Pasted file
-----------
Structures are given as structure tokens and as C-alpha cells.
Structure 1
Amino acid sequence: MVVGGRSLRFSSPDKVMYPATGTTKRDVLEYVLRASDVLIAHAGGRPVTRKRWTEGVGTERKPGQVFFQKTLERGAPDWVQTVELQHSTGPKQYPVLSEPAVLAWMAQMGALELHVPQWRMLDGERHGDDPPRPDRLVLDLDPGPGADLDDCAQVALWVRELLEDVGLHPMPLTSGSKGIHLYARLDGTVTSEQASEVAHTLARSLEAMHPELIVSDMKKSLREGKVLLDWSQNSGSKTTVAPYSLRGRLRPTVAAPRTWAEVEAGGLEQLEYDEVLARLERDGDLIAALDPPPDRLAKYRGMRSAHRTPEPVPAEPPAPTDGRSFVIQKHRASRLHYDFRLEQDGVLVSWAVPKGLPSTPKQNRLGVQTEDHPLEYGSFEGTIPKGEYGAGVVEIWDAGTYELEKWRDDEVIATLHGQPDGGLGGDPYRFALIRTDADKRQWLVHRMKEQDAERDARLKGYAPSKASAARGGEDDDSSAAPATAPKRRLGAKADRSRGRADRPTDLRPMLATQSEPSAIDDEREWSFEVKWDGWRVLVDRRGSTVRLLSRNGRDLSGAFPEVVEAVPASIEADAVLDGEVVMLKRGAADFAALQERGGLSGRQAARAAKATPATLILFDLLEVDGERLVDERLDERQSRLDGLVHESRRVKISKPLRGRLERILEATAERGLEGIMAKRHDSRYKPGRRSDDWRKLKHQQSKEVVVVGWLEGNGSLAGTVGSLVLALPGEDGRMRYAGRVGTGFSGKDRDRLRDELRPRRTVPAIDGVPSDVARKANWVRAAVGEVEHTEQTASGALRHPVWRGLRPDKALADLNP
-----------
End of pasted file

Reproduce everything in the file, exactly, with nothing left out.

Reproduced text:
Structures are given as structure tokens and as C-alpha cells.
Structure 1
Amino acid sequence: MVVGGRSLRFSSPDKVMYPATGTTKRDVLEYVLRASDVLIAHAGGRPVTRKRWTEGVGTERKPGQVFFQKTLERGAPDWVQTVELQHSTGPKQYPVLSEPAVLAWMAQMGALELHVPQWRMLDGERHGDDPPRPDRLVLDLDPGPGADLDDCAQVALWVRELLEDVGLHPMPLTSGSKGIHLYARLDGTVTSEQASEVAHTLARSLEAMHPELIVSDMKKSLREGKVLLDWSQNSGSKTTVAPYSLRGRLRPTVAAPRTWAEVEAGGLEQLEYDEVLARLERDGDLIAALDPPPDRLAKYRGMRSAHRTPEPVPAEPPAPTDGRSFVIQKHRASRLHYDFRLEQDGVLVSWAVPKGLPSTPKQNRLGVQTEDHPLEYGSFEGTIPKGEYGAGVVEIWDAGTYELEKWRDDEVIATLHGQPDGGLGGDPYRFALIRTDADKRQWLVHRMKEQDAERDARLKGYAPSKASAARGGEDDDSSAAPATAPKRRLGAKADRSRGRADRPTDLRPMLATQSEPSAIDDEREWSFEVKWDGWRVLVDRRGSTVRLLSRNGRDLSGAFPEVVEAVPASIEADAVLDGEVVMLKRGAADFAALQERGGLSGRQAARAAKATPATLILFDLLEVDGERLVDERLDERQSRLDGLVHESRRVKISKPLRGRLERILEATAERGLEGIMAKRHDSRYKPGRRSDDWRKLKHQQSKEVVVVGWLEGNGSLAGTVGSLVLALPGEDGRMRYAGRVGTGFSGKDRDRLRDELRPRRTVPAIDGVPSDVARKANWVRAAVGEVEHTEQTASGALRHPVWRGLRPDKALADLNP